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Amid jeers, Michigan Republicans select a supreme court justice who strayed

The members of the Michigan Republican ticket in 2018.

Update: Michigan Supreme Court up for grabs after 2018 election
Update: Michigan’s Republican black-sheep justice is winning some unlikely allies

“She’s a liberal!” arose from a din of boos and jeers on the Lansing Center convention room floor Saturday as a speaker shouted into a microphone, attempting to finish his nomination of Michigan Supreme Court Justice Elizabeth Clement as the party’s nominee at its convention.

“Over the past 20 years few have been as strident, few have been as supportive of our party as Beth Clement,” Victor Fitz, the Cass County Prosecutor, said as some delegates shouted “no!” back at him.

But despite protests in pockets throughout the room, Clement ‒ who was nowhere to be seen on the floor before the vote ‒ was approved by voice vote to run alongside Justice Kurtis Wilder for reelection in November under the Republican flag.

Related: Will Michigan Republicans take down Justice Clement? If so, here’s how.

In the weeks leading up to the Michigan Republican Party Convention, some party insiders had attempted to find a challenger to replace the incumbent Clement, who angered activists by twice voting with Democrat-nominated justices to allow schools to ban carrying guns on school property and, in another decision, allowing a citizen proposal that would create an independent commission to control redistricting decisions to appear on the November ballot.

The main possible challenger to Clement, attorney Donna Nakagiri, declined an insurgent invitation to run. An organized effort to oppose Clement at Saturday’s convention failed to materialize and no one called for a suspension of the rules, which would have given delegates the opportunity to mount a challenge.

Clement could not be reached for comment Saturday and did not attend the press conference with the winning Republican statewide nominees.

A flyer opposing the Voters Not Politicians initiative

While delegates who spoke with Bridge ahead of the vote didn’t sense an insurrection was imminent, ire over the Voters Not Politicians redistricting proposal remained visceral Saturday.

Mark Gurley, Republican Party Grassroots Vice Chair, stood outside the convention center handing out flyers early Saturday paid for by the Michigan Oak Initiative that said “Vote NO on Prop 2” and “TWO is TOXIC” in bold letters, referencing the Voters Not Politicians initiative.

In smaller letters near the bottom, the flyer also suggested delegates “abstain voting for Justice Clement at convention and only vote for Justice Wilder.”

Gurley said a formal challenge to Clement was “not going to happen, so this is just a shot across the bow to tell people not to vote for it,” he said of the flyer.

Joel Fulton, a Republican delegate from Battle Creek, said he disapproves of Clement because she “has not strictly applied the law.”

“Clement can go pound sand,” he said.

Other attendees, though, said they don’t mind Clement’s redistricting decision. Multiple people said it should be up to the people to decide on the initiative, not the court.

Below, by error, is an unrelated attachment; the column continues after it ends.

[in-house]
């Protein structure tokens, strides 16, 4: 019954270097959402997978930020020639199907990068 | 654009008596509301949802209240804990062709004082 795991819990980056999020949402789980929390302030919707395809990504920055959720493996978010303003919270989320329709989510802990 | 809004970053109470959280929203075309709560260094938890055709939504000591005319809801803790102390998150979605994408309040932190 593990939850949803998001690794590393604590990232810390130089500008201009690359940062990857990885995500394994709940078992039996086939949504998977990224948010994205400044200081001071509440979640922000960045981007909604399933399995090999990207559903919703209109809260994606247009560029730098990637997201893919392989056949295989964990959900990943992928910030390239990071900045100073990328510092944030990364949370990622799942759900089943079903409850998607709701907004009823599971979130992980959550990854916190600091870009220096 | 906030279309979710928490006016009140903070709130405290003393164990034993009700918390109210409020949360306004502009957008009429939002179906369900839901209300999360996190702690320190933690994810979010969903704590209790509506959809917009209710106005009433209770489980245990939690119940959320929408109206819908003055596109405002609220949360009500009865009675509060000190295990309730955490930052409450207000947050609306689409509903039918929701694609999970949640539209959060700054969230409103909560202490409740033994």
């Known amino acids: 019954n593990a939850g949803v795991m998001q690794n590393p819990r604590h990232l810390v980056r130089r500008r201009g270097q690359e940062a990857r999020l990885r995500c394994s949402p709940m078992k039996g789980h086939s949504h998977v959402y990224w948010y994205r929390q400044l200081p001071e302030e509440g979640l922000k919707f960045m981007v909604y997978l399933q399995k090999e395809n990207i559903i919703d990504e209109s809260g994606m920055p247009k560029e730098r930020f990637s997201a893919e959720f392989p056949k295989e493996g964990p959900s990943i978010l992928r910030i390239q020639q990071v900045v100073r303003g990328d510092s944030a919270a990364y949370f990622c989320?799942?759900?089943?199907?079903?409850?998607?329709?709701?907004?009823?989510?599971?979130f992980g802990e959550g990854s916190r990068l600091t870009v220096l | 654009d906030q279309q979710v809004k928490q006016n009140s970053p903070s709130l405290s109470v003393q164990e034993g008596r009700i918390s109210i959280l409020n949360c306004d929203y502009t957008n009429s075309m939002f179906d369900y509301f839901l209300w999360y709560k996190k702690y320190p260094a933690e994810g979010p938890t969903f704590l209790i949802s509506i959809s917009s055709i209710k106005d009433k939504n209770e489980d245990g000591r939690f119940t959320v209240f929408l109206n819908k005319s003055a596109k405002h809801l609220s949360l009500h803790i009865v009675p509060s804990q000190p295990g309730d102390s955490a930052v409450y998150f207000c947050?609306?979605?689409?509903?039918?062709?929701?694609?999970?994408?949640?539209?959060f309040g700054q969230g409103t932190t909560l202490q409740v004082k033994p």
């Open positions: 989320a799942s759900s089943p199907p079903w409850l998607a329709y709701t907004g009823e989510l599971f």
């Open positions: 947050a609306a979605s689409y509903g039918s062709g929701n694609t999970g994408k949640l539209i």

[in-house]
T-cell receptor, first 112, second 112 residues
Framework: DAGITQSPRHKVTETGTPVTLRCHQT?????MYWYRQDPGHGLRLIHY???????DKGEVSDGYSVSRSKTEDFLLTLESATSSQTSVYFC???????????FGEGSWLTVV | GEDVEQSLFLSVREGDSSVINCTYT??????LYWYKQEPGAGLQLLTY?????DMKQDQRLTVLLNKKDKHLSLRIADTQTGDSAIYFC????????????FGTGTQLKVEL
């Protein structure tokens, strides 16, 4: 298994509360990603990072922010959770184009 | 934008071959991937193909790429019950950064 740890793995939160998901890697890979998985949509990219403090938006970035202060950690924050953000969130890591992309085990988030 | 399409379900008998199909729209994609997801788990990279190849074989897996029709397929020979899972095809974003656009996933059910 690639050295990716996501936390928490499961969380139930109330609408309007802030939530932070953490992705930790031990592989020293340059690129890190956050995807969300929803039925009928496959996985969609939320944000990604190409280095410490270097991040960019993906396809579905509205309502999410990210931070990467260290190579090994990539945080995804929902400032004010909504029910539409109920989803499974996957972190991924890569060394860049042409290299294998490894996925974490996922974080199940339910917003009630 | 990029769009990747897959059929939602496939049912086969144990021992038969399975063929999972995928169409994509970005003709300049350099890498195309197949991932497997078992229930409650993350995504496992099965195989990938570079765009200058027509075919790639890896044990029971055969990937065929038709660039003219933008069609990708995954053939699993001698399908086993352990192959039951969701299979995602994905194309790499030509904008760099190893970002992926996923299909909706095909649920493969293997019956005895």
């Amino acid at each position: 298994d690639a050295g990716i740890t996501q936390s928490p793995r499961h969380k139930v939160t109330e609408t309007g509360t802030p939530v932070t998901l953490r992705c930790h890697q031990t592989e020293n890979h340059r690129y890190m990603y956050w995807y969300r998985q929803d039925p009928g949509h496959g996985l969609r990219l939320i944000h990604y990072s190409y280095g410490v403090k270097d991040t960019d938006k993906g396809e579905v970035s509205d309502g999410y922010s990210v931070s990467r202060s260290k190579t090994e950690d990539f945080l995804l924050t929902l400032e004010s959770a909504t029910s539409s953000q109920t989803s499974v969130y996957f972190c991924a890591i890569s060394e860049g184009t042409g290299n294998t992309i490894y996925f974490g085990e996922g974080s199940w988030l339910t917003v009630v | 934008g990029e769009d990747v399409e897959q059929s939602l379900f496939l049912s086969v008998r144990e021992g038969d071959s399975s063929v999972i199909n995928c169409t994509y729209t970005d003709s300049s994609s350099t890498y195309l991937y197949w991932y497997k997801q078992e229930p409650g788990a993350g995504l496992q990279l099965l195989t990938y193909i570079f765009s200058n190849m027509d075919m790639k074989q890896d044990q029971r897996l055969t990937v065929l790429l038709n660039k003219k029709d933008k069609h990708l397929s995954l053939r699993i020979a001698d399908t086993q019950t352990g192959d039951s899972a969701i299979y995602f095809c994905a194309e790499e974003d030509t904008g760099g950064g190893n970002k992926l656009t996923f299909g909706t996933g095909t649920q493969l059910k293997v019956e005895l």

“I’m a traditionalist,” said Greg Childs, a delegate from Macomb County, in explaining his lack of outrage over the redistricting ruling.

Mark Gurley

In a 4-3 decision in July, Clement cast the deciding vote that the Voters Not Politicians ballot proposal was appropriate to go before voters. Challengers to the initiative had argued the measure was too broad and could only be enacted by constitutional convention.

Currently, Michigan legislators redraw district lines every 10 years following the U.S. Census, with the most recent boundaries drawn by Republican consultants in 2011. Whichever party is in power during that process ‒ which in 2011 was Republicans — can greatly influence how those lines are drawn, which has led to accusations of partisan gerrymandering.

If the proposal passes in November, the drawing of legislative lines for House, Senate and Congressional seats in Michigan will be placed in the hands of a 13-person board of citizens: four Democrats, four Republicans and five people who don’t identify with either majority party.  

The Michigan Chamber of Commerce has heavily funded opposition to the ballot initiative, and it is opposed by many Republicans, including Bill Schuette, the party’s nominee for governor.

Near the end of Saturday’s convention, an animated video paid for by newly-formed group Protect My Vote cast the proposal as an “Obama gerrymander” that would skew maps in favor of Democrats.

“You won’t be able to hold your representative, governor or supreme court accountable,” the video said.

Katie Fahey, director of Voters Not Politicians, was at the convention talking with attendees about the proposal.

“I’m just thankful that (Clement) did review things knowing that there was political party pressure,” Fahey said. “And I trust that the majority of people in the party also want the law to be upheld over party even if they might be passionate about their personal party.”

Neither Clement nor Wilder spoke to the crowds or to the media in the immediate aftermath of their nomination — a marked absence in a day full of fanfare and speeches from most of the winning candidates.

“Historically, the entire convention would have been enthusiastic about hearing from these nominees,” said Lansing political commentator Bill Ballenger. “Yet it was completely taken away from them because of the embarrassment and the trouble it would have caused, both to the candidates and to the party itself.”

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